One example is this newly engineered inexpensive process to convert carbon dioxide into methanol, for fuel.
The reason in this very specific case (and probably many other cases) is economics.
Carbon dioxide is a gas. In the clean energy economy of tomorrow, carbon dioxide is available only if (a) stored or (b) when wind/solar power is not plentiful and thus fuels are burned for energy. The process requires an energy input, so you can use it only when wind/solar power is plentiful. There is a mismatch: you create CO2 when clean energy is not plentiful and need it when clean energy is plentiful, so you need gas storage.
I'll assume here that the process cannot operate on 400ppm of carbon dioxide in the Earth's atmosphere currently but requires concentrated carbon dioxide. There are processes such as photosynthesis that operate on 400ppm of carbon dioxide in the Earth's atmosphere. In fact, there is millions of years old technology called "tree" that converts carbon dioxide into solid fuels using sunlight by doing photosynthesis. I know this because I'm a forest owner and own tens of thousands of these things called "trees".
If you're going to store significant amounts of CO2, you already have gas storage capacity and thus are not restricted to liquid fuels. You can store gaseous fuels as well. In particular, you can store methane (natural gas). As lot of natural gas has been used, there is a huge number of depleted natural gas fields that have the demonstrated ability to store methane for millions of years. So, for this methanol process to compete in the marketplace, it must displace water electrolysis (invented in 1800) and Sabatier reaction (invented in 1897). Both of them are well-known technologies and when used together, convert carbon dioxide into synthetic clean methane.
If I'm an investor with focus on clean energy and considering whether to fund a methanol production process, I'm primarily looking at these things:
- Longevity. The equipment must withstand use for tens of thousands of hours at the very least.
- Energy efficiency. The equipment must show energy efficiency gains over water electrolysis + Sabatier reaction to be able to successfully compete with synthetic methane.
- Usefulness of output. Current cars do not run on methanol which is a highly corrosive fuel. Electric cars and hydrogen cars are emerging. We may not ever have a large fleet of methanol-powered cars. In contrast, cogeneration and combined cycle gas turbines have a very high energy efficiency and can already burn methane. I'd much rather invest in methane production than methanol production for this very reason. There is a huge amount of methane powered electricity generation capacity already installed, and we probably have more methane powered cars than methanol powered cars.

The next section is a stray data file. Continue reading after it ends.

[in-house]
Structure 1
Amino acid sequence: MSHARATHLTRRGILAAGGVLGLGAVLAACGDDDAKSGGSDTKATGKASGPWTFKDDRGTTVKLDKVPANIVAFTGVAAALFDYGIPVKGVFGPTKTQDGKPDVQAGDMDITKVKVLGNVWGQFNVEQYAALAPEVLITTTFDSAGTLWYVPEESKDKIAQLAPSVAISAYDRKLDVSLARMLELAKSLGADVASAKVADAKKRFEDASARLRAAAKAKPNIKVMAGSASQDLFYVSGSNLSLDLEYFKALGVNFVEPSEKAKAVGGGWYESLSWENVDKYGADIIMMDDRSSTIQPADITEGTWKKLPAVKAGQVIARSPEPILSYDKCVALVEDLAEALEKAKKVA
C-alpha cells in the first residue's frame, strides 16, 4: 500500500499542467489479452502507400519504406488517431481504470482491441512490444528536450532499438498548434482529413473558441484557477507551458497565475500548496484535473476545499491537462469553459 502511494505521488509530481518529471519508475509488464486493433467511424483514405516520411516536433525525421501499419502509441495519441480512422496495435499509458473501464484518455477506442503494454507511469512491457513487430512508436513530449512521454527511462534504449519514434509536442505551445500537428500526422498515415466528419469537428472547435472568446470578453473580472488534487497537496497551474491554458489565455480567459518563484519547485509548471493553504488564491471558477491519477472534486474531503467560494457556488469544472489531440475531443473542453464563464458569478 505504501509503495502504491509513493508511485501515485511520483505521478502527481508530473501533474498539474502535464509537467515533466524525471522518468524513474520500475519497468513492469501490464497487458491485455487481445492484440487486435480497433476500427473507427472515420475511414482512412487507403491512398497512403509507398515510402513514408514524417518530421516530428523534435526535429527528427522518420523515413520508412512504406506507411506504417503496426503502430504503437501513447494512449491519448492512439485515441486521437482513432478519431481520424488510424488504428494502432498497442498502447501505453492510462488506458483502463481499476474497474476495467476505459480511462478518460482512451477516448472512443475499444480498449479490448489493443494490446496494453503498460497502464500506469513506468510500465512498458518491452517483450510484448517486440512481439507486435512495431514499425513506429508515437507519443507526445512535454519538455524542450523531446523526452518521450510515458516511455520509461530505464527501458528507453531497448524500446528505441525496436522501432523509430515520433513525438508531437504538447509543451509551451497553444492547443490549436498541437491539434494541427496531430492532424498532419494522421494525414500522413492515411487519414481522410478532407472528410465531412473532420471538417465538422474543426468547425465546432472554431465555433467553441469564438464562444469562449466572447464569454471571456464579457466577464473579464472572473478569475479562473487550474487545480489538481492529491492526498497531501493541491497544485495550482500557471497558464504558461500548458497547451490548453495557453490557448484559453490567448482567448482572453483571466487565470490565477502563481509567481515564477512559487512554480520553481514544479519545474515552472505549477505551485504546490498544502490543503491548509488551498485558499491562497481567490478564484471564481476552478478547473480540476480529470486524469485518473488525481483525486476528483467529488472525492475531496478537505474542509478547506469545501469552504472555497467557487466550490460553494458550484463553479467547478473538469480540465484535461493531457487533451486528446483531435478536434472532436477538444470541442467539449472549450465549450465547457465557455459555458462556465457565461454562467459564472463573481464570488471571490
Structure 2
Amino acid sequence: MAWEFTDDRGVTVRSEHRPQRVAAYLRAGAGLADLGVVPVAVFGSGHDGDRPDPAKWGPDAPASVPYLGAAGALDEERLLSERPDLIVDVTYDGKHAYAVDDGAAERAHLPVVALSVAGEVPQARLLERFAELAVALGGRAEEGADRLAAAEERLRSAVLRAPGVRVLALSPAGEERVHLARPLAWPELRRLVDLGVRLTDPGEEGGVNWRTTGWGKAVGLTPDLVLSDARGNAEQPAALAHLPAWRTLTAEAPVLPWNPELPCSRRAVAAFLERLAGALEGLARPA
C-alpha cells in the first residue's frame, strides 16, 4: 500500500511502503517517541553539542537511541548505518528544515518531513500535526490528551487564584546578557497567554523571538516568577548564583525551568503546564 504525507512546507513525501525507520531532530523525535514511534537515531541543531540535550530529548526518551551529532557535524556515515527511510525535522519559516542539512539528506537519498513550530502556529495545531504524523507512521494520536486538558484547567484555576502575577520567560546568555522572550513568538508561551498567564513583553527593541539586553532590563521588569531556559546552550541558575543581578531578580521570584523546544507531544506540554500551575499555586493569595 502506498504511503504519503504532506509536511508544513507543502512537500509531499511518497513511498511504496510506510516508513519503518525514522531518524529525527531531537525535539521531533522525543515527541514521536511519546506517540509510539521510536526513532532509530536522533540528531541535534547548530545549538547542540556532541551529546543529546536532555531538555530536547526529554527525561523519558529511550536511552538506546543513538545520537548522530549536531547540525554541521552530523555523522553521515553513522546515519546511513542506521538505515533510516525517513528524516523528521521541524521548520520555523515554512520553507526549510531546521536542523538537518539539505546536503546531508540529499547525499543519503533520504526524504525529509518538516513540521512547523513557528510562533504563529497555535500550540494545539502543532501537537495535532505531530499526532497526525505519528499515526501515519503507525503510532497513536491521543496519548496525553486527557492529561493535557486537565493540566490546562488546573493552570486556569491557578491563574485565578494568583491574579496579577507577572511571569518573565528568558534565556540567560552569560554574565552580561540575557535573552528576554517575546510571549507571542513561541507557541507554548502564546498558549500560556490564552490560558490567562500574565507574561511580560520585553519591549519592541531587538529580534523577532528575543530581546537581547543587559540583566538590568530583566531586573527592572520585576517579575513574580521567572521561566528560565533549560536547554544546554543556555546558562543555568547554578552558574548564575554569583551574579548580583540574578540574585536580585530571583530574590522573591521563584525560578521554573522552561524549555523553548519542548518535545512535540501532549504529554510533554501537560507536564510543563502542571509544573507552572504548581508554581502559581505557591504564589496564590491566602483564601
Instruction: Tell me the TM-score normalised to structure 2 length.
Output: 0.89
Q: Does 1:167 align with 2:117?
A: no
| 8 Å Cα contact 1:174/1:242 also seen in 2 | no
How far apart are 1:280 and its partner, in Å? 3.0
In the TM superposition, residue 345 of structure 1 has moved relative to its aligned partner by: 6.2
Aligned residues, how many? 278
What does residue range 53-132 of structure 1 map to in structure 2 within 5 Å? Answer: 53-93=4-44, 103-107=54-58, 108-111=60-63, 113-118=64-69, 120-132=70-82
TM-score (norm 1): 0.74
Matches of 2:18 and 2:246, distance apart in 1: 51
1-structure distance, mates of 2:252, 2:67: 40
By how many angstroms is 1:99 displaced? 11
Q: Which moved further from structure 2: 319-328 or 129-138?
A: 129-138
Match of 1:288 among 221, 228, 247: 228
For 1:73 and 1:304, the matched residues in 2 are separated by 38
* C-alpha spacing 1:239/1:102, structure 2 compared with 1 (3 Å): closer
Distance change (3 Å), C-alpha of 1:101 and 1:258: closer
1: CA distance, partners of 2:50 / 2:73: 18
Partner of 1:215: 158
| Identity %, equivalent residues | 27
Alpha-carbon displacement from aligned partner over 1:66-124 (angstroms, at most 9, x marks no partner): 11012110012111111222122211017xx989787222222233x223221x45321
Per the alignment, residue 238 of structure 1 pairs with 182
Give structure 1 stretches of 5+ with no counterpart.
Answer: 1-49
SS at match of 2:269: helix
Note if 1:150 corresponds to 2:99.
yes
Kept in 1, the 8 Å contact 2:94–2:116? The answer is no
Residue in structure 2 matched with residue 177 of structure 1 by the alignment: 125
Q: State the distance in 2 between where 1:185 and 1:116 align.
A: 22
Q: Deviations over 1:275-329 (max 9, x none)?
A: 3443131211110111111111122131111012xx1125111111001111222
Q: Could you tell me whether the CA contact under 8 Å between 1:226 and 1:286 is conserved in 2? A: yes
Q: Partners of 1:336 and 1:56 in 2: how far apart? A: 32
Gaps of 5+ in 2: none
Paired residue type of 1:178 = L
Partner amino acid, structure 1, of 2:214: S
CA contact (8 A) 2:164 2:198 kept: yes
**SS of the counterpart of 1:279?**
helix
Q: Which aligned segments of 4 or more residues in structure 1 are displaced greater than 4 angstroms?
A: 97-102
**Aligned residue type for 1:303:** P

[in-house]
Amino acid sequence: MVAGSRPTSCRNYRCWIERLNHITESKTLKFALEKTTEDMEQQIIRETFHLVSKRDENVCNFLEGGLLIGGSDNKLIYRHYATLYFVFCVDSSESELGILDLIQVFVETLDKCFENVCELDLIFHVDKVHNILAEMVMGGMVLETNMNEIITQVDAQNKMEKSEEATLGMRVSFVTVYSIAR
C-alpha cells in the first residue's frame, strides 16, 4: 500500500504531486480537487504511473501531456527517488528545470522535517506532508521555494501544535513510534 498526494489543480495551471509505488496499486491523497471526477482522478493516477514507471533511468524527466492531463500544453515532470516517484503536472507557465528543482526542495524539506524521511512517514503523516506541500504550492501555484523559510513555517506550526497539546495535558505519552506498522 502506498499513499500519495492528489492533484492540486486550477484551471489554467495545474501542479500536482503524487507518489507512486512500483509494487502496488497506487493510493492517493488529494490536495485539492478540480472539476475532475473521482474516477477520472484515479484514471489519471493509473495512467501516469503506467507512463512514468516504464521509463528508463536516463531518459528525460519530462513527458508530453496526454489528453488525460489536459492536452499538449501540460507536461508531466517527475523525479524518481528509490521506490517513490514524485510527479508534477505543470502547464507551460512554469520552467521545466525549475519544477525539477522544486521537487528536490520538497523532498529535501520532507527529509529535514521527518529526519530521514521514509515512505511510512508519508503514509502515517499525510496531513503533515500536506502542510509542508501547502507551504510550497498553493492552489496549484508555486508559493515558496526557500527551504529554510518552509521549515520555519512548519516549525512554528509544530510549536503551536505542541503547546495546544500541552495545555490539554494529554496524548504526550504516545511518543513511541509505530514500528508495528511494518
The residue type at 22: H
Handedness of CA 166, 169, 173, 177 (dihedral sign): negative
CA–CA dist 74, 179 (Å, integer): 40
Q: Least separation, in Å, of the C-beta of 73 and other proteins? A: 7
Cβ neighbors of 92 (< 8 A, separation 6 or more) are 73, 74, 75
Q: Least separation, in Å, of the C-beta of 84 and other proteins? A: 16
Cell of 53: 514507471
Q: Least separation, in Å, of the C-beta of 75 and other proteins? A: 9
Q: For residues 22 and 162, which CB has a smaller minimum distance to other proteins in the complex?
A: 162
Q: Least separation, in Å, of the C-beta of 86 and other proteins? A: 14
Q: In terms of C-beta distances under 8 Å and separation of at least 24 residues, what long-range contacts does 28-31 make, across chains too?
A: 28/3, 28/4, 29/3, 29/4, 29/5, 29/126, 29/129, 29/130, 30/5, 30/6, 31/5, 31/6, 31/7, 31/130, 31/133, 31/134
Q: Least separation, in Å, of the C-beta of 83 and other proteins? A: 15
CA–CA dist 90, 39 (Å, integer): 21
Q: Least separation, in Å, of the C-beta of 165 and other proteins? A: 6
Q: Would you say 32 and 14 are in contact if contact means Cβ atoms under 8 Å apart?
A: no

- Cost of output. It must successfully compete with biofuels, for example, for internal combustion engine cars that do not excel in energy efficiency and are soon replaced by plug-in hybrids at the very least or fully electric cars.
- Investment cost of equipment. The equipment must be cheaper than electrolysis cells and Sabatier reactors.
- R&D cost. Commercial companies for example have invested in electrolysis cells and already paid the R&D. Does it make sense to pay further R&D for methanol production?
- Other alternative investments. For example, if you can store gas, you may be able to store hydrogen (*) which requires no CO2 capture, if fuel cells + electrolysis cells will ever become cost-efficient. Hydrogen has better energy density by mass than methane, but poorer energy density by volume than methane. Yet, it may make sense to have a hydrogen economy for the reason that no CO2 capture and storage is required with hydrogen.
I'm sorry to say that as an investor I'll put my money into wind power, solar power, inverters, maximum power point tracking equipment, hydropower, electrolysis and forest. (In fact, I have already put my money into electrolysis by investing into an electrolysis cell manufacturing company, into hydropower, into forest, into MPPT equipment, into inverters, into solar power and into wind power.)
(*): there are challenges in storing hydrogen because it's a very light atom so it can diffuse easily, and hydrogen can embrittle steel